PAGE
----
Two Korean artists have made a record player that plays sounds from pieces of discarded plastic.
Called ‘Song From Plastic’, the device was designed by Ujoo + Limheeyoung, and the idea came from imagining intelligent life forms discovering “plastic fossils” from the human era tens of thousands of years into the future.
In a video posted by the artists, the record player can be seen playing sounds coming from lids on plastic containers, the side of a toy car and protective glasses.
Played back are plastic musical renditions of ‘The Happy Birthday Song’, ‘Silent Night’ and Franz Schubert’s ‘Ave Maria’ – as well as everyday sounds, such as children laughing and singing.
In the description that accompanied their work, Ujoo and Limheeyoung wrote: “The sounds of now-extinct beings emanate from a plastic fossil discovered by an intelligent lifeform from a future tens of thousands of years from now.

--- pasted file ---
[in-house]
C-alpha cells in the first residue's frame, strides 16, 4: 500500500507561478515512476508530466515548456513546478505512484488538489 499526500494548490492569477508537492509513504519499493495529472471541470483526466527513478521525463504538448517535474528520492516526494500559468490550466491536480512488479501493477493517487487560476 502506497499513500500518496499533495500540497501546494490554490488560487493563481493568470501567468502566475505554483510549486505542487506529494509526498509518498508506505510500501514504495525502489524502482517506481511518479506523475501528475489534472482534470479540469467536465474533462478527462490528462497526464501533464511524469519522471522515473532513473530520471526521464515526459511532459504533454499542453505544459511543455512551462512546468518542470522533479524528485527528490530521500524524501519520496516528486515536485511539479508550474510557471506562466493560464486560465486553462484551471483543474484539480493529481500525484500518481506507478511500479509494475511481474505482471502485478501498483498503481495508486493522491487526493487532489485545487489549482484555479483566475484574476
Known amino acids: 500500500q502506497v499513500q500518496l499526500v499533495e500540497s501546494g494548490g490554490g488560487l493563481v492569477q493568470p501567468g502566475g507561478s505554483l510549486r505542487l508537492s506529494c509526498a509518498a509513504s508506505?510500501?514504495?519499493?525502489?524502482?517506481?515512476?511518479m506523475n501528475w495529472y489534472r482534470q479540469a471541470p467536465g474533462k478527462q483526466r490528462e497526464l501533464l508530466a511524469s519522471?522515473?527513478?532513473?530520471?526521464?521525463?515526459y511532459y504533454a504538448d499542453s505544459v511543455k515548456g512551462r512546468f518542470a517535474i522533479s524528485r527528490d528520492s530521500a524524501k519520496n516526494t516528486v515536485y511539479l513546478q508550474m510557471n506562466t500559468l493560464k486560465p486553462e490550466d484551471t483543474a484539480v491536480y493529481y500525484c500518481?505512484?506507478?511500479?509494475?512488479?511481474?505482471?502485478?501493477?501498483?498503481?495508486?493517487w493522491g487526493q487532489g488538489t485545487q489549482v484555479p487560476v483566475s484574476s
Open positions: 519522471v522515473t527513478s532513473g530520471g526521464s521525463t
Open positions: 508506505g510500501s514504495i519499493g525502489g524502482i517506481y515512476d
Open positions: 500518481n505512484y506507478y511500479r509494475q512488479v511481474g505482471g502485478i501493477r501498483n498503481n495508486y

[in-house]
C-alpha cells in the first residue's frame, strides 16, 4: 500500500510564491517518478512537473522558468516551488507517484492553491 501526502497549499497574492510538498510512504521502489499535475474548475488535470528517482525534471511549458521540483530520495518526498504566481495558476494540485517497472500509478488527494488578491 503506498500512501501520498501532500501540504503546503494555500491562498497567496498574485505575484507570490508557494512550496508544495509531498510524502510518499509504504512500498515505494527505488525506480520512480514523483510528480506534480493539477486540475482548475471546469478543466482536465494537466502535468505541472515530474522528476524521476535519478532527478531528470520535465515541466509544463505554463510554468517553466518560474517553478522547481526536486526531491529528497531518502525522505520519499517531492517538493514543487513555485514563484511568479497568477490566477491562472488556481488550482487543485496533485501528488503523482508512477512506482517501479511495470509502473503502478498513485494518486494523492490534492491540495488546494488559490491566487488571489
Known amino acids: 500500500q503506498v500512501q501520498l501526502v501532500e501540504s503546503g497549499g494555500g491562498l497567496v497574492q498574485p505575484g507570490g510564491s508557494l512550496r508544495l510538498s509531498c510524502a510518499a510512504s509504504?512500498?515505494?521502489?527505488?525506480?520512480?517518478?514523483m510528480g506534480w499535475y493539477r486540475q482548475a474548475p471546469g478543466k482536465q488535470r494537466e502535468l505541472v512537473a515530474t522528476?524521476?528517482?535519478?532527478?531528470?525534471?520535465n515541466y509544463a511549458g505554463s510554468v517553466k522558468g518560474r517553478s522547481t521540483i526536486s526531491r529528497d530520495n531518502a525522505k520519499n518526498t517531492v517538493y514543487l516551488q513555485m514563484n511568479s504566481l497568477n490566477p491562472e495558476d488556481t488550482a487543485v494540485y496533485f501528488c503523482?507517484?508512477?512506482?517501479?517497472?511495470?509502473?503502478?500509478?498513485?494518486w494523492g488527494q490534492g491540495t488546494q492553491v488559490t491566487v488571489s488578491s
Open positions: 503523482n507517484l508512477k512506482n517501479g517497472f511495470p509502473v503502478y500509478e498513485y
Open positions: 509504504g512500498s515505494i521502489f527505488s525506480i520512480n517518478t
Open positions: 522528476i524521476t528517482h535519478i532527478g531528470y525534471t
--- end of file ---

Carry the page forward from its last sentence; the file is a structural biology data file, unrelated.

“As it captures a record in plastic of different sounds – exceedingly ordinary sounds, yet ones that offer a sense of what makes human beings special – this work reflects on the meaning held by human values,” they continued. “What sort of traces should humans be leaving behind?
“If we are going to leave a record of our ‘humanity,’ shouldn’t it be something other than plastic waste?”
The artists used technology based on Thomas Edison’s “tin foil phonograph”, a machine that would record and play back sound by indenting sound waves onto strips of tin foil.
‘Song From Plastic’ was exhibited at the Amorepacific Museum in Seoul, Korea. It would activate and start to play back sound and music if visitors stepped within 1.5 metres of the player.
The pair have history in creating works that speak to human interaction with nature. Their 2020 work ‘Machine with Tree’ placed a dead three on the end of a mechanically moving machine.
Watch a video of 'Song From Plastic below:
Isaac Muk is Mixmag's Digital Intern, follow him on Twitter